The narrative of Zimbabwean ills is so great that it alone could fill these columns.

So what does the President do to address the crisis? Over and above a continuing attribution of blame to others, including in particular the British government and Tony Blair and the United States government, George Bush and Condoleezza Rice, Mugabe brings into being that which he calls a “Development Cabinet”. Momentarily, some experienced a surge of hope. The president had recognised that Zimbabwe has a desperate need for development.

It needs development to create jobs, to fuel economic activity, to generate foreign exchange and to yield inflows to the fiscus. At last something positive was about to happen!

But the euphoria was short-lived. Soon two elements of the “Development Cabinet” were recognised by many who had fruitlessly grasped at hope for change. The first was that the new cabinet was even larger than its predecessor. There were more “jobs for the boys”.

That enlarged cabinet means more ministerial salaries, fringe benefits, motor vehicles, permanent secretaries and public servants. In turn, that means more fiscal outflows, which results either in higher, inflationary deficits, or greater taxation upon an already overtaxed population, or diversion of funds from more deserving objectives.

The second characteristic rapidly seen as a factor of the “Development Cabinet” was that although, in increasing its size, some new blood was introduced into the cabinet, almost all those who had failed dismally in fulfilling their tasks and in promoting Zimbabwean well-being had been retained. In a few instances the ministers had played musical chairs, being moved from their previous portfolios and appointed to others, but overwhelmingly those who should be hiding their heads in shame for their contribution to Zimbabwe’s woes have remained in the cabinet.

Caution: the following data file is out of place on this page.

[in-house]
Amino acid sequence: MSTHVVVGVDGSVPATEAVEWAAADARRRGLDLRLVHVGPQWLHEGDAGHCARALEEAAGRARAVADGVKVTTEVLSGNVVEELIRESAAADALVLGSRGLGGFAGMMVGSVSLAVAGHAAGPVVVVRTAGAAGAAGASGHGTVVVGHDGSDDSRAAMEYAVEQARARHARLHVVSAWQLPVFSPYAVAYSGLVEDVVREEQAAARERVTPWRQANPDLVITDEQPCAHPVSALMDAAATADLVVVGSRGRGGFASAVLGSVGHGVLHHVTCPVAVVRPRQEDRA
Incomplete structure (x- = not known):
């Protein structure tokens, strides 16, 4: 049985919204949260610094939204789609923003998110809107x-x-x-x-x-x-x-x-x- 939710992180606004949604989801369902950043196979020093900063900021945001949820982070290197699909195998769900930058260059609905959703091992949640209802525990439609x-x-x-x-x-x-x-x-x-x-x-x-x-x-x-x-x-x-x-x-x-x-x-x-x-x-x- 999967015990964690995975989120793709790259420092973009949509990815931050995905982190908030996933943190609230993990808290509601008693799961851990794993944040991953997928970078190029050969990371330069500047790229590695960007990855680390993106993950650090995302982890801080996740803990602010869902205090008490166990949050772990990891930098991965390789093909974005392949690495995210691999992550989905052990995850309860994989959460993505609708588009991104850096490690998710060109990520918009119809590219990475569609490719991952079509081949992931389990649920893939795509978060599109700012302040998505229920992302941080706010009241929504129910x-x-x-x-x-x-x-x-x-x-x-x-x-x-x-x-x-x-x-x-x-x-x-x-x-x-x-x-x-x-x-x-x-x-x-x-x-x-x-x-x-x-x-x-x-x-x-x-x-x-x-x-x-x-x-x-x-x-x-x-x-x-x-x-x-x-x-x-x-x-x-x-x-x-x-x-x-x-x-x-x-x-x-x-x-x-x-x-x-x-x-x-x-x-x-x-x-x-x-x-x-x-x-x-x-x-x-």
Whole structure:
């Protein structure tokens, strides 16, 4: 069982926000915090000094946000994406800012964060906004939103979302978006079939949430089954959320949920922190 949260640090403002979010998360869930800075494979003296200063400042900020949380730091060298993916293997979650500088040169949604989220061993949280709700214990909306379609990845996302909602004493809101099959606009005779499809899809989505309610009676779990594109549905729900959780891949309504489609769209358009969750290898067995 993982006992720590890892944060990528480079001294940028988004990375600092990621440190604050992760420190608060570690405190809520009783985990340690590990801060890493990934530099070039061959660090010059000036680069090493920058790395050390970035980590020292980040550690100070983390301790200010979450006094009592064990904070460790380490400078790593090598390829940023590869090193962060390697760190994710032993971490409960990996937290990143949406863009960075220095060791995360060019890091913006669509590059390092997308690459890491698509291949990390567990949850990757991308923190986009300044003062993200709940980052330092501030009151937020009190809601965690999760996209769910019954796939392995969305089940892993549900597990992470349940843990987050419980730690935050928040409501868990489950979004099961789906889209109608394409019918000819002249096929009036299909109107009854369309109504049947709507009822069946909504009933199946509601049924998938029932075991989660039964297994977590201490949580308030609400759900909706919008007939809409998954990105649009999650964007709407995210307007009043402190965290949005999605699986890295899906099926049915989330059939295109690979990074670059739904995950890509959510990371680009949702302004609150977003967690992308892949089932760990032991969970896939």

Based upon performance heretofore, who can view the new cabinet with any confidence that it will bring about recovery for agriculture when, for five years, it has experienced a never-ending downward slide? Who can expect that there will be substantive urban development, including critically needed housing, and effective local government, when for five years there has beenstagnation?

Who can confidently foreshadow restoration of education to its 1980s glory, when for five years education has been in decline? And who can reasonably expect that Zimbabwe will revert to a free, independent judiciary and to a state of preservation of law and order, freedom of speech and freedom of the press, when that has been virtually non-existent forthe last five years?

Some may say: “Ah, yes, but now we have a new ‘Development Cabinet’.” However, the new cabinet includes the same ministers responsible for Agriculture, Local Government and Urban Development, Education, Justice and Home Affairs as were responsible for those portfolios from 2000 to 2005. So what realistically can be expected to change?